Why choosing a personality like Eva Longoria to open the entire summit linked to the Global Gift Foundation on the topic: “Finding inner strength”?
GCK – Eva Longoria is an example to follow in terms of women’s leadership. She accepts her femininity together with endorsing political views and creating followership on very important causes. Having her introducing the entire summit is the chance for women today to understand that you do not have to “play it like a man” to be successful in your leadership. She will reveal the secret to resist in those uncertain times and finding inner peace. Those elements will be precious for the rest of the summit, to have those advice in mind to be more efficiently talking about an intellectual approach once you find calm within yourself… The Global Gift Foundation was chosen for its amazing work helping women and children to find resilience. Beginning with this event was a beautiful message of hope.
For you, is there a difference between women’s and men’s leadership?If so, what would it be?
GCK – It is very difficult to make the difference between what comes from birth and what comes from education between men and women. Today, “leadership” remains an unconscious collective representation linked to the power of the alpha male. This refers to this “first man”, the man who is a pioneer in all fields, to the point of having a predominance over women since he was the first human being on earth through the biblical figure of Adam. As a result, the “first man in the world”, “the first man on the moon”, has invaded our imagination to the point of having immediately in mind when we speak of “progress” or even “humanism”, this naked man’s body with four arms and four legs in a circle annotated by Leonardo da Vinci. Of course, its feminine equivalent by the famous painter, remains wisely with arms crossed and showing only an upper body. For me, there is no difference in the leadership made by men and women. The Mona Lisa could have been a leader, but she remains a “mysterious woman”… The Vitruvian Man, is stunning by the masculine power of strength and energy that comes from the drawing.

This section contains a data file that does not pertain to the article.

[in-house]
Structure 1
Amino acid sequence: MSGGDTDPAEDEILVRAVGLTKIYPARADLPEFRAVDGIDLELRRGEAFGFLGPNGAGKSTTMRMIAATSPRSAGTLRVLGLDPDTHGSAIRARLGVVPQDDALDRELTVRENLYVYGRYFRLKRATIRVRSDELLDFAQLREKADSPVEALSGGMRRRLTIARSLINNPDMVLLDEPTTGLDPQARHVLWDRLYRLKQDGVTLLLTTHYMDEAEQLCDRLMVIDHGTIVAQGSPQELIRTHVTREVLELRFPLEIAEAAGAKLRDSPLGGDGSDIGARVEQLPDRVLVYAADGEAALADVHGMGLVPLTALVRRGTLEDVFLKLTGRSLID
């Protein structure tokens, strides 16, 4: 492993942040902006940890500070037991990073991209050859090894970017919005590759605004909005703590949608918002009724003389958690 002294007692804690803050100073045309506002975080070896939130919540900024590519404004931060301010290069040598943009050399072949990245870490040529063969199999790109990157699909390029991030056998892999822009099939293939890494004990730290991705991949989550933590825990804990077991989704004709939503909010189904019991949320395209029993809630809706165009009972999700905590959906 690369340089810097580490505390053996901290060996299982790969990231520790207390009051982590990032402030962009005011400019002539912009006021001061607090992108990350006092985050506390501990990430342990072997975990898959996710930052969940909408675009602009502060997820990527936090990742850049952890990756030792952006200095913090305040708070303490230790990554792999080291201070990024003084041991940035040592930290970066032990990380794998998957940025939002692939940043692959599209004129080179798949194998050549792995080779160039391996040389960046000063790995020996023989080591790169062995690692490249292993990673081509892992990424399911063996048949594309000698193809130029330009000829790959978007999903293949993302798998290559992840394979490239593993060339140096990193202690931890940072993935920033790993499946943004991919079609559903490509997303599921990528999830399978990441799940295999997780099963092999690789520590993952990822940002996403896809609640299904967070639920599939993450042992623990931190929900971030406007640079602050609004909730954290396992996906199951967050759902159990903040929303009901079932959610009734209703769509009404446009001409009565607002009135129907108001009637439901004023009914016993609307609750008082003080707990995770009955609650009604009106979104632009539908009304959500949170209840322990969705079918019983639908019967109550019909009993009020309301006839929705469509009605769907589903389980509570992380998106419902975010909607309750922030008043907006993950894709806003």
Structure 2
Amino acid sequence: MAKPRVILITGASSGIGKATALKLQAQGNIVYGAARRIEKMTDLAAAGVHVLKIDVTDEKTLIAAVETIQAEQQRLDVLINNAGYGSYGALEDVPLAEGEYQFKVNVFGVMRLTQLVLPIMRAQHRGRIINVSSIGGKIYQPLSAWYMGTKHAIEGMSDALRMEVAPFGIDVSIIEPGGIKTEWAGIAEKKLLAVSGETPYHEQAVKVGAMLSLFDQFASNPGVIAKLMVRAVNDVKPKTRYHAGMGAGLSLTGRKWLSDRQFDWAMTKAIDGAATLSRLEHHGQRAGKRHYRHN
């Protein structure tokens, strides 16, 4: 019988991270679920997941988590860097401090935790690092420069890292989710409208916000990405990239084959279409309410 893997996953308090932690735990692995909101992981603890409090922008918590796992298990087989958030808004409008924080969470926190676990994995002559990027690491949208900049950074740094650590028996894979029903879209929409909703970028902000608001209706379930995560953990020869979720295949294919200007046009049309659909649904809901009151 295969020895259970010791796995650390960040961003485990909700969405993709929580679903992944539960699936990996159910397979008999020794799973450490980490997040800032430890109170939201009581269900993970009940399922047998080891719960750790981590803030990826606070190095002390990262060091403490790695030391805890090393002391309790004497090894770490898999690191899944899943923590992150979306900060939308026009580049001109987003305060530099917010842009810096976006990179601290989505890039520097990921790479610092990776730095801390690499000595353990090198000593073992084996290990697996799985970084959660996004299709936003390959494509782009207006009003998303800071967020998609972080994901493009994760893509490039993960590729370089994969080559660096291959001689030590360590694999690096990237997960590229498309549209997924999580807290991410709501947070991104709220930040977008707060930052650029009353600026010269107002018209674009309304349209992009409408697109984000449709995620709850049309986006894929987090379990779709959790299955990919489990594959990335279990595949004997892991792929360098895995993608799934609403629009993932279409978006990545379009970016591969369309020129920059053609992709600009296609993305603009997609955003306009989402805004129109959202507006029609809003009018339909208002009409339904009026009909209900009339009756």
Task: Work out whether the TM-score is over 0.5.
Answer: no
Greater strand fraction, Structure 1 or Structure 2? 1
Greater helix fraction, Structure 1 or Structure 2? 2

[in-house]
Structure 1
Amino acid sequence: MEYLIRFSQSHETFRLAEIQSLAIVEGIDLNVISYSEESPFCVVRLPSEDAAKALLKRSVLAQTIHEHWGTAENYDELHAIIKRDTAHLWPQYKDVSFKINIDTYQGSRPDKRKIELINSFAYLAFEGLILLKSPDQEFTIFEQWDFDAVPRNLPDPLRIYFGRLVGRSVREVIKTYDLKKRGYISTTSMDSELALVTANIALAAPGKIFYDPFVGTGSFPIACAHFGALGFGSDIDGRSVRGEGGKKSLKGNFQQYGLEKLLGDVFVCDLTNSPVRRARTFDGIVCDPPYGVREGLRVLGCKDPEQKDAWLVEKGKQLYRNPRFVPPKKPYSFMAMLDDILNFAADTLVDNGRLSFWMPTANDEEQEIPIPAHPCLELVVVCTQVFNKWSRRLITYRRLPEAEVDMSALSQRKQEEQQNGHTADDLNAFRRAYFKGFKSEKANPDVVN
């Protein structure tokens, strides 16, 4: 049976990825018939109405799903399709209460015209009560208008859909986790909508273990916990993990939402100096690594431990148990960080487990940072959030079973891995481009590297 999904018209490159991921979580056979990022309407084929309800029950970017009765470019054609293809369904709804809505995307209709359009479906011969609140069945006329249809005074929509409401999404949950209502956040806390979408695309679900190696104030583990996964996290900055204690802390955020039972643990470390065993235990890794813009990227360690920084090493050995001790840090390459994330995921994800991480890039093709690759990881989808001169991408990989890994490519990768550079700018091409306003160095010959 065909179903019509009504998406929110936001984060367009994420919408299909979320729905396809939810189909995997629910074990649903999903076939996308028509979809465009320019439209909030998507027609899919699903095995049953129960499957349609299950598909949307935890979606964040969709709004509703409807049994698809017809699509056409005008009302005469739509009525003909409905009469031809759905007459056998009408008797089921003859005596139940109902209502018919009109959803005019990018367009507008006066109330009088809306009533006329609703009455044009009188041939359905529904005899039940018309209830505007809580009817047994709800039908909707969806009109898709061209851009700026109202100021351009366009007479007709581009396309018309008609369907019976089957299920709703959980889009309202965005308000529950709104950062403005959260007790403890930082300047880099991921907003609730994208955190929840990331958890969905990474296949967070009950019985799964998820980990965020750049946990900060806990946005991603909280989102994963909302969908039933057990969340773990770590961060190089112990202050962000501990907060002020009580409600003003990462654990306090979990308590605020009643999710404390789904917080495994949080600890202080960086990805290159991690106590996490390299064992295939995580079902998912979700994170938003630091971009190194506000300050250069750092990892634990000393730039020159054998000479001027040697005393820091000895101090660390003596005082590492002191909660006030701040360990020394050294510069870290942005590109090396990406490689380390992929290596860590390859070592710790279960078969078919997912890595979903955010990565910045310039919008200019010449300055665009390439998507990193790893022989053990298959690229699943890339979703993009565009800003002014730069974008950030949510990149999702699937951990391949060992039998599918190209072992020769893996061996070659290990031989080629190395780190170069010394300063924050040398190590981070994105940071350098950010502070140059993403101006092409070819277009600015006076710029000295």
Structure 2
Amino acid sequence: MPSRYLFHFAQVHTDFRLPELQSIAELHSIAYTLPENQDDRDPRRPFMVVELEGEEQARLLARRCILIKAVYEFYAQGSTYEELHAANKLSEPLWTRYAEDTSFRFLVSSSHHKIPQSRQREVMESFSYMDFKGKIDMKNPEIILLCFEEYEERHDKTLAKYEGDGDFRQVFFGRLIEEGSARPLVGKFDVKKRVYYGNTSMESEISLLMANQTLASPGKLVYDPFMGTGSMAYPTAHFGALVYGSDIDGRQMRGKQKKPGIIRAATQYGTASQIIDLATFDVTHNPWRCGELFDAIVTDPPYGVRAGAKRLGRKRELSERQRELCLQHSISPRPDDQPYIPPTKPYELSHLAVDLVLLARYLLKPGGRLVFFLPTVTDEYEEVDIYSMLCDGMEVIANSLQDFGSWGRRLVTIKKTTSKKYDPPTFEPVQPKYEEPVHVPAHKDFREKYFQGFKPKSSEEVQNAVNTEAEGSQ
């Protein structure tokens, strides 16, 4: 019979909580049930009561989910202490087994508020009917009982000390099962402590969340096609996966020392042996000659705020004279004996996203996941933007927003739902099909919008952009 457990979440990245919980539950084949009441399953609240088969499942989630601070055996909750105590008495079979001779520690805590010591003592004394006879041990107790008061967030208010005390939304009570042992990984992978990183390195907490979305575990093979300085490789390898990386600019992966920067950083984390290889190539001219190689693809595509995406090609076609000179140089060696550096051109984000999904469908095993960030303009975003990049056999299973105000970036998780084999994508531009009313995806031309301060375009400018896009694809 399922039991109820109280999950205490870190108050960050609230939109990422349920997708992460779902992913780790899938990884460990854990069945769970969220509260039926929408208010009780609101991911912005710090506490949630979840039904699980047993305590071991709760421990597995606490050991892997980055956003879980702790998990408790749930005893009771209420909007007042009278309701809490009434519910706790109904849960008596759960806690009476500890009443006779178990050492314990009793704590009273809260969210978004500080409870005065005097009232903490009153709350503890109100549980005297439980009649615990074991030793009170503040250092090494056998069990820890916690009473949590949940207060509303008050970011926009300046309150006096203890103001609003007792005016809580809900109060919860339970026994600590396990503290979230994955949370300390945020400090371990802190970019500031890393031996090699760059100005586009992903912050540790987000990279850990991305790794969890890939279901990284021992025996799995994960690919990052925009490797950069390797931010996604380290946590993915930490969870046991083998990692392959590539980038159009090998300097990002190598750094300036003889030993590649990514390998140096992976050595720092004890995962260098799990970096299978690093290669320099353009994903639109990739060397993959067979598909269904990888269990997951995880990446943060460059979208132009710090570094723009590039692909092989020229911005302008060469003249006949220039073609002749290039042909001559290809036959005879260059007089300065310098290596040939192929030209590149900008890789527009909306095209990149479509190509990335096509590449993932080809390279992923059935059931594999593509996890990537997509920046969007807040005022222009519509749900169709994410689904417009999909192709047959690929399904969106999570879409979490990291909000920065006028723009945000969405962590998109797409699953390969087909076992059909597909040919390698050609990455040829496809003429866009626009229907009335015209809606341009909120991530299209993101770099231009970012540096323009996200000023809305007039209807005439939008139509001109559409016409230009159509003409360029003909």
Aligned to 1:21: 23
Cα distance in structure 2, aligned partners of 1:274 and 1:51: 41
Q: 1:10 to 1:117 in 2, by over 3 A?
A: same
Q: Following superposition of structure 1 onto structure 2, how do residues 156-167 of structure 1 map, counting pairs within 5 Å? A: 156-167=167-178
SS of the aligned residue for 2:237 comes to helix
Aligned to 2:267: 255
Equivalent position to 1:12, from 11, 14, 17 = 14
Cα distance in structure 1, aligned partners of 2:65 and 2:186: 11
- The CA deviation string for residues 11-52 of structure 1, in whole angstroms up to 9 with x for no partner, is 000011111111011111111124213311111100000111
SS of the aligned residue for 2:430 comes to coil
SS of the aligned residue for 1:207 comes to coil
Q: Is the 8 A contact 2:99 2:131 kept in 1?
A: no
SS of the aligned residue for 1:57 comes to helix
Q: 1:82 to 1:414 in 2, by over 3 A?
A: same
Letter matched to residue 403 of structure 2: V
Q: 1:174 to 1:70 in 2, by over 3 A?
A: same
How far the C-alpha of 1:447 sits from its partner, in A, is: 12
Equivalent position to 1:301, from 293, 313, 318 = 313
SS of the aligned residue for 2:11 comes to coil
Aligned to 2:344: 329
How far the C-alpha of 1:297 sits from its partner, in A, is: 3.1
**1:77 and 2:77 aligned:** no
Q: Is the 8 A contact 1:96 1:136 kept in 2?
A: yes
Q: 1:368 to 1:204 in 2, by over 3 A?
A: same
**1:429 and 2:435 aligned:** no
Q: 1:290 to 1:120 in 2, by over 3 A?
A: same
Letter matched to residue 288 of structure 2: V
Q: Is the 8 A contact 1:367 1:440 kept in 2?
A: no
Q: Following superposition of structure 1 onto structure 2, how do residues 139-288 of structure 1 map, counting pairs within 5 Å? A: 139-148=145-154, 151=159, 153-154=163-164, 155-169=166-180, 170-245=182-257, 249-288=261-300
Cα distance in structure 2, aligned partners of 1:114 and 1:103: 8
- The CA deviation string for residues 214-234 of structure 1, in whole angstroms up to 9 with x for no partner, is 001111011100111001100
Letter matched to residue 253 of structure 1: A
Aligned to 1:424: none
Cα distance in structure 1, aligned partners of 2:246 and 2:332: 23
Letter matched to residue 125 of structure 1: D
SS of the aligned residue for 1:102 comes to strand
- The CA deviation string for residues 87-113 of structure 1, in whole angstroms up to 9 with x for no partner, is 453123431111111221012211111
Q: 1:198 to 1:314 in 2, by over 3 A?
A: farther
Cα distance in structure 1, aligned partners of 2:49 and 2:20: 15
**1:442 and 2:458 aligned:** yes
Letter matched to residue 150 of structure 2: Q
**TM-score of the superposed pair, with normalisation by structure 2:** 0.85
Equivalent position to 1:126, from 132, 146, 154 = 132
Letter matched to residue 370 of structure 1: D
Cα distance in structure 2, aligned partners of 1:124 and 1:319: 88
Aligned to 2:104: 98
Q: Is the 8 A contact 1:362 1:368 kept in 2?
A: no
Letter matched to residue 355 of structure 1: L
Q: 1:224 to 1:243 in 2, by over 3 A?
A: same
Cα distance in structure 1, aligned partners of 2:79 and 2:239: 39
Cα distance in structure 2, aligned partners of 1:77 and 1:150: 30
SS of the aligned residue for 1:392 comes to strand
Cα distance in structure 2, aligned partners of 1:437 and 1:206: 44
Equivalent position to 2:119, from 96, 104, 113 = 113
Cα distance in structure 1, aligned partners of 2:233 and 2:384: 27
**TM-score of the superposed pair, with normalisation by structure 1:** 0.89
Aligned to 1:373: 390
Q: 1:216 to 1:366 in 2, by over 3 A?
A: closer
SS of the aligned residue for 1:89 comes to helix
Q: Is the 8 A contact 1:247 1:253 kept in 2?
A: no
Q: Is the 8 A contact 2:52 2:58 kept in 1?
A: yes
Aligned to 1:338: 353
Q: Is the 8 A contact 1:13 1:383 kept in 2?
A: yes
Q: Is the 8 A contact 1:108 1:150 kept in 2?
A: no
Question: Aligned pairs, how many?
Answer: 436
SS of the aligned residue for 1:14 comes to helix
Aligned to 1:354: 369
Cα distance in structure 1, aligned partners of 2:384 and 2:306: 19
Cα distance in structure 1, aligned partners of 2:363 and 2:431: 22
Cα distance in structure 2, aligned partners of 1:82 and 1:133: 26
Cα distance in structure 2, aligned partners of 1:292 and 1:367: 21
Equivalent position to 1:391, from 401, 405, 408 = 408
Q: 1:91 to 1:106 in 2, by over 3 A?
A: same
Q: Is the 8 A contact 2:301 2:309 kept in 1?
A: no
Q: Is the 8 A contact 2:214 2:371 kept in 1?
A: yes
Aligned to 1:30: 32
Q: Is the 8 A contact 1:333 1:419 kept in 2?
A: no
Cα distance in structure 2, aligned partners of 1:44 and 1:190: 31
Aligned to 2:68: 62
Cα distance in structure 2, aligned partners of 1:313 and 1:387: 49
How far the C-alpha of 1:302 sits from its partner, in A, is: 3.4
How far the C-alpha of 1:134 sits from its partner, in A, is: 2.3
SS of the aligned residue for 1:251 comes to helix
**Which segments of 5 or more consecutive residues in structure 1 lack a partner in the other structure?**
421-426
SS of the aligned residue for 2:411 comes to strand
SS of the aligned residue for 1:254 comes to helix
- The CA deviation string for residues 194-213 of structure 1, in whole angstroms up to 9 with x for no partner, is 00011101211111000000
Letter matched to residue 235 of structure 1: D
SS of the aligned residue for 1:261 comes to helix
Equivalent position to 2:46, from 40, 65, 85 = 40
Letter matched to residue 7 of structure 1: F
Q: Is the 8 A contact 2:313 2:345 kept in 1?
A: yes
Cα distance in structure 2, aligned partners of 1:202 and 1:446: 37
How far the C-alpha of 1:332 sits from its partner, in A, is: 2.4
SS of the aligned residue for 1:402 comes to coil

In your opinion, is it necessary to steer away from stereotypes in 2021?
GCK – It is absolutely necessary to steer away from stereotypes in 2021 and fight them with all our strength. This starts with an education of respect for women and stop treating them as beings who must serve or define themselves only in relation to motherhood. Strengthening the girls’ self-confidence with early exposure to, among other things, team sports, strategic games and daring to let them speak more in public remains a basis for positive education. In the business world, it is also through the education of women AND men that this mental switch is taking place. Programs such as Eve from Danone, EllesVMH, among others, are there to help women to break the glass ceiling, to dare to run for positions of high responsibility without fear of not finding a balance between personal and professional life. There is still a lot to be done, especially now in times of COVID, with domestic violence that still puts women back to a level of victims.